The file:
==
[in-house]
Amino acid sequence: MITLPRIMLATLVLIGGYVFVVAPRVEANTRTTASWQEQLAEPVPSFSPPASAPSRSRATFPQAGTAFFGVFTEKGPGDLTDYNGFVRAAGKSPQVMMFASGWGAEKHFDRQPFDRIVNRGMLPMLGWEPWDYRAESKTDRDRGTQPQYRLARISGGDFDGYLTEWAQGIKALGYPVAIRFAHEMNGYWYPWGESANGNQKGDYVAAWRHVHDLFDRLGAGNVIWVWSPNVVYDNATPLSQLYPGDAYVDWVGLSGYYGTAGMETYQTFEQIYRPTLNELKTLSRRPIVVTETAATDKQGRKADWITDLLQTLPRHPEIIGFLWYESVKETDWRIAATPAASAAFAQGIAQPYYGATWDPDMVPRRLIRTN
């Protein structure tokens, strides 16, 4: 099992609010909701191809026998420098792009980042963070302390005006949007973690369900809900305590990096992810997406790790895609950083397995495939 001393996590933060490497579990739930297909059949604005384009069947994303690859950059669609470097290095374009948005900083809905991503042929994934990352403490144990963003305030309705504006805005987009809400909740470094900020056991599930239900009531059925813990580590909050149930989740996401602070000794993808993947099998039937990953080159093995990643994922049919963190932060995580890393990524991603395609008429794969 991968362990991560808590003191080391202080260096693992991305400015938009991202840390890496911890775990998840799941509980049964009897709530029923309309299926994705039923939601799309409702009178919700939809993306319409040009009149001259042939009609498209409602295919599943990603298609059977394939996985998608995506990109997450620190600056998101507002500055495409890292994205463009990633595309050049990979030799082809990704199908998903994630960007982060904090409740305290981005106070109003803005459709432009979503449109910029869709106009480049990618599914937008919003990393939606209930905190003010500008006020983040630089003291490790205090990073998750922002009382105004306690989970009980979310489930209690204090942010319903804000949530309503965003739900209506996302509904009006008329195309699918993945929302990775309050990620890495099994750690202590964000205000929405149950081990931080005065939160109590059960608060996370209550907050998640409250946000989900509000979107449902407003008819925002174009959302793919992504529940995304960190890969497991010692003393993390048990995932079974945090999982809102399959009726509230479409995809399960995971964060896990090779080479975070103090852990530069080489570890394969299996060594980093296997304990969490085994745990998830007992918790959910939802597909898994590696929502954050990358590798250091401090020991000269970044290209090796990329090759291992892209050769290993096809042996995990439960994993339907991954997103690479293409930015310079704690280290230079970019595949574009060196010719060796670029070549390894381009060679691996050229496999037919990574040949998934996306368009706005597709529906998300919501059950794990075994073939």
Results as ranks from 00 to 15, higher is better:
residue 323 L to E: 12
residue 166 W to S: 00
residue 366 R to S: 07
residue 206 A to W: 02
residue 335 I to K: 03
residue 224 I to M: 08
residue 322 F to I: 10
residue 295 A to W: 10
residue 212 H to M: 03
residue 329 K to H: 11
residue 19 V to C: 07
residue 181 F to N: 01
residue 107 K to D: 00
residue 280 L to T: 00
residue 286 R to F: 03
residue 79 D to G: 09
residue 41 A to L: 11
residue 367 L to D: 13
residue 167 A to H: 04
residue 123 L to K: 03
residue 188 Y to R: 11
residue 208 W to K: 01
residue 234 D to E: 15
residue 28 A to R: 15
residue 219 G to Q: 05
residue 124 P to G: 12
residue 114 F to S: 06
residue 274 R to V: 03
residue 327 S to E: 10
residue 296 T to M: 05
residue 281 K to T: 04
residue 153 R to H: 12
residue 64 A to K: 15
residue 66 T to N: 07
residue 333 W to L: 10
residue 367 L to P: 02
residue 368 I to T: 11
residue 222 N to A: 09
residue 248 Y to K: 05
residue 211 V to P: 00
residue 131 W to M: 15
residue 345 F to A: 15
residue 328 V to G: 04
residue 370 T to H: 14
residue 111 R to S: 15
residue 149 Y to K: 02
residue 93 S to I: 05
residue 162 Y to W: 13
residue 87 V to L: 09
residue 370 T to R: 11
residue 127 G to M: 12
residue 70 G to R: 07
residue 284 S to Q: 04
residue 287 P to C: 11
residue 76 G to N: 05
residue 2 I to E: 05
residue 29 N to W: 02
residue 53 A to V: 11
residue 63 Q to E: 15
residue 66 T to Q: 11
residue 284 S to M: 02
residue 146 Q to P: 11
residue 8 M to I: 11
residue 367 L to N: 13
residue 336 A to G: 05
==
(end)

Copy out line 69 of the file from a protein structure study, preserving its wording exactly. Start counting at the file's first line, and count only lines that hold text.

residue 336 A to G: 05